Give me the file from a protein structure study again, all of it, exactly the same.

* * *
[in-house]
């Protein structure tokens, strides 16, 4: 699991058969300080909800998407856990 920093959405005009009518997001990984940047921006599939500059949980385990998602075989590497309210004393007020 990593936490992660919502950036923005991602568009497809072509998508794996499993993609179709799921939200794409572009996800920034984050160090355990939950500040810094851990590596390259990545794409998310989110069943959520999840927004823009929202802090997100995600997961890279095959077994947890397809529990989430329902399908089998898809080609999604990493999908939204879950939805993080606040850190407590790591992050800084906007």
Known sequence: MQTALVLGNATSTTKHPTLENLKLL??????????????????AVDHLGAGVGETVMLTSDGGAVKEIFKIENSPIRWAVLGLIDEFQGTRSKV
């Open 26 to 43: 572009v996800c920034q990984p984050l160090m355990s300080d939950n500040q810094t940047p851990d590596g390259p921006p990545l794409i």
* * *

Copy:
[in-house]
């Protein structure tokens, strides 16, 4: 699991058969300080909800998407856990 920093959405005009009518997001990984940047921006599939500059949980385990998602075989590497309210004393007020 990593936490992660919502950036923005991602568009497809072509998508794996499993993609179709799921939200794409572009996800920034984050160090355990939950500040810094851990590596390259990545794409998310989110069943959520999840927004823009929202802090997100995600997961890279095959077994947890397809529990989430329902399908089998898809080609999604990493999908939204879950939805993080606040850190407590790591992050800084906007």
Known sequence: MQTALVLGNATSTTKHPTLENLKLL??????????????????AVDHLGAGVGETVMLTSDGGAVKEIFKIENSPIRWAVLGLIDEFQGTRSKV
């Open 26 to 43: 572009v996800c920034q990984p984050l160090m355990s300080d939950n500040q810094t940047p851990d590596g390259p921006p990545l794409i």